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Mixed-Integer Surrogate Optimization, Problem-Based

This example shows how to solve an optimization problem that involves integer variables. In this example, find the point x that minimizes the multirosenbrock function over integer-valued arguments ranging from –3 to 6 in 10 dimensions. The multirosenbrock function is a poorly scaled function that is difficult to optimize. Its minimum value is 0, which is attained at the point [1,1,...,1]. The code for the multirosenbrock function appears at the end of this example.

Create a 10-D row vector variable x of type integer with bounds –3 to 6. When you specify scalar bounds, the bounds apply to all variable components.

x = optimvar("x",1,10,"LowerBound",-3,"UpperBound",6,"Type","integer");

To use multirosenbrock as the objective function, convert the function to an optimization expression using fcn2optimexpr.

fun = fcn2optimexpr(@multirosenbrock,x);

Create an optimization problem with the objective function multirosenbrock.

prob = optimproblem("Objective",fun);

Set the maximum number of function evaluations to 200.

opts = optimoptions("surrogateopt","MaxFunctionEvaluations",200);

Solve the problem.

rng(1,'twister') % For reproducibility
[sol,fval] = solve(prob,"Solver","surrogateopt","Options",opts)
Solving problem using surrogateopt.

Figure Optimization Plot Function contains an axes object. The axes object with title Best Function Value: 0 contains an object of type line. This object represents Best function value.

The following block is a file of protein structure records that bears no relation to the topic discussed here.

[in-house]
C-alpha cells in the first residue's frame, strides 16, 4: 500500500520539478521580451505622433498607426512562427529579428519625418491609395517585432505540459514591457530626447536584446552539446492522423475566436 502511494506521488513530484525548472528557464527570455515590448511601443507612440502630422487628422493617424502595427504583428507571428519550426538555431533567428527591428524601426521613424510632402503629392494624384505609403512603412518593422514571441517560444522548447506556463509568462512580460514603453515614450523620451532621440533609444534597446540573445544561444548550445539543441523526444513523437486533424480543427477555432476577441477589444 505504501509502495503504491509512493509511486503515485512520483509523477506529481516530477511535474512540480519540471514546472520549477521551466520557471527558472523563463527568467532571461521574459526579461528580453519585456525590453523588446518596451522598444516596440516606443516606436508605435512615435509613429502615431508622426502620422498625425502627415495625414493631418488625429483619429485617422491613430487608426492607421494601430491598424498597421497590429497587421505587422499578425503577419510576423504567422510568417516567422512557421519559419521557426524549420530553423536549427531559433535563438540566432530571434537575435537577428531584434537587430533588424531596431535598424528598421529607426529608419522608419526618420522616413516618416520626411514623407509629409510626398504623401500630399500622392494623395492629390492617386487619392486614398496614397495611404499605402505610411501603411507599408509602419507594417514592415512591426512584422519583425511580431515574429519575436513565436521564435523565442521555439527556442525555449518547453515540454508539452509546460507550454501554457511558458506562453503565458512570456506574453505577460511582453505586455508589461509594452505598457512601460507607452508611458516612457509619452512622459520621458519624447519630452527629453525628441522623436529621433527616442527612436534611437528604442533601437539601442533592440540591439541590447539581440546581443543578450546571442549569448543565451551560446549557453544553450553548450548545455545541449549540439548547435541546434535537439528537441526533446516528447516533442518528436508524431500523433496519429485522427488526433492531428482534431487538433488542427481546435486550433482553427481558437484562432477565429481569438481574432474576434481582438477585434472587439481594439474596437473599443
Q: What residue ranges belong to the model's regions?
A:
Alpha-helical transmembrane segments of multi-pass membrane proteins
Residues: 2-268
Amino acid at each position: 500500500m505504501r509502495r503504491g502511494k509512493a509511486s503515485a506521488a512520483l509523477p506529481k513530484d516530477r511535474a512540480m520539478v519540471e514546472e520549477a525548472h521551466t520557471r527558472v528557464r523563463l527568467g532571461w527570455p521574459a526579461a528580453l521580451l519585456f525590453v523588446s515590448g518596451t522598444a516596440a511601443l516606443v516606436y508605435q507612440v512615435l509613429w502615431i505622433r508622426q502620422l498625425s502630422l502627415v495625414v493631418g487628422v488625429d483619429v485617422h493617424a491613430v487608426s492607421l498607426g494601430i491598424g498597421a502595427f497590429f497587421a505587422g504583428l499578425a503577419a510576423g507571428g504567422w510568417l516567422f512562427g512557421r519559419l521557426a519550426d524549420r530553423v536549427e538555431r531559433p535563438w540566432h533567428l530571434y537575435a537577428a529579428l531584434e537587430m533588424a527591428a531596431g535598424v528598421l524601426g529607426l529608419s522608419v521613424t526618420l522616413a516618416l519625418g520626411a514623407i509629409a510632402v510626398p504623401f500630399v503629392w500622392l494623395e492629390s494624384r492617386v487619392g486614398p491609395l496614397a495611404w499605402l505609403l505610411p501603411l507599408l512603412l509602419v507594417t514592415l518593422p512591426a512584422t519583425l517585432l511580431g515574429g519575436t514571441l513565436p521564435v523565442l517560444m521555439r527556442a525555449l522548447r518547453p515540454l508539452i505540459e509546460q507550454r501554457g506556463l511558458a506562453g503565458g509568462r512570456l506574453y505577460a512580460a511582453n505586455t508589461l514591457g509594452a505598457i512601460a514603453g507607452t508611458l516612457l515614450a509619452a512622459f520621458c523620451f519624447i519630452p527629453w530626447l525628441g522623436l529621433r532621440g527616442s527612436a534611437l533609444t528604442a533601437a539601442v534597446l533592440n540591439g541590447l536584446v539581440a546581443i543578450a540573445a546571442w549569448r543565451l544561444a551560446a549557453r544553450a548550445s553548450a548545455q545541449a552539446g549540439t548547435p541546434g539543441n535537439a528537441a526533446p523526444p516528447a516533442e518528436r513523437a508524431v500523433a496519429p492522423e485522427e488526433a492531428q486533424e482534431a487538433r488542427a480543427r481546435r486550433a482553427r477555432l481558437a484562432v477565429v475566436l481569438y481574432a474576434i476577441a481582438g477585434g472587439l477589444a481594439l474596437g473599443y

surrogateopt stopped because it exceeded the function evaluation limit set by 
'options.MaxFunctionEvaluations'.
sol = struct with fields:
    x: [1 1 1 1 1 1 1 1 1 1]

fval = 0

In this case, surrogateopt reaches the correct solution.

Mixed-Integer Problem

Suppose that only the first six variables are integer-valued. To reformulate the problem, create a 6-D integer variable xint and a 4-D continuous variable xcont.

xint = optimvar("xint",1,6,"LowerBound",-3,"UpperBound",6,"Type","integer");
xcont = optimvar("xcont",1,4,"LowerBound",-3,"UpperBound",6);

Convert multirosenbrock to an optimization expression using the input [xint xcont].

fun2 = fcn2optimexpr(@multirosenbrock,[xint xcont]);

Create and solve the problem.

prob2 = optimproblem("Objective",fun2);
rng(1,'twister') % For reproducibility
[sol2,fval2] = solve(prob2,"Solver","surrogateopt","Options",opts)
Solving problem using surrogateopt.

Figure Optimization Plot Function contains an axes object. The axes object with title Best Function Value: 0.130972 contains an object of type line. This object represents Best function value.

surrogateopt stopped because it exceeded the function evaluation limit set by 
'options.MaxFunctionEvaluations'.
sol2 = struct with fields:
    xcont: [1.0508 1.1394 1.0671 1.1383]
     xint: [1 1 1 1 1 1]

fval2 = 0.1310

This time the integer variables reach the correct solution, and the continuous variables are near the solution, but are not completely accurate.

Helper Function

This code creates the multirosenbrock helper function.

function F = multirosenbrock(x)
% This function is a multidimensional generalization of Rosenbrock's
% function. It operates in a vectorized manner, assuming that x is a matrix
% whose rows are the individuals.
% Copyright 2014 by The MathWorks, Inc.
N = size(x,2); % assumes x is a row vector or 2-D matrix
if mod(N,2) % if N is odd
    error('Input rows must have an even number of elements')
end
odds  = 1:2:N-1;
evens = 2:2:N;
F = zeros(size(x));
F(:,odds)  = 1-x(:,odds);
F(:,evens) = 10*(x(:,evens)-x(:,odds).^2);
F = sum(F.^2,2);
end

See Also

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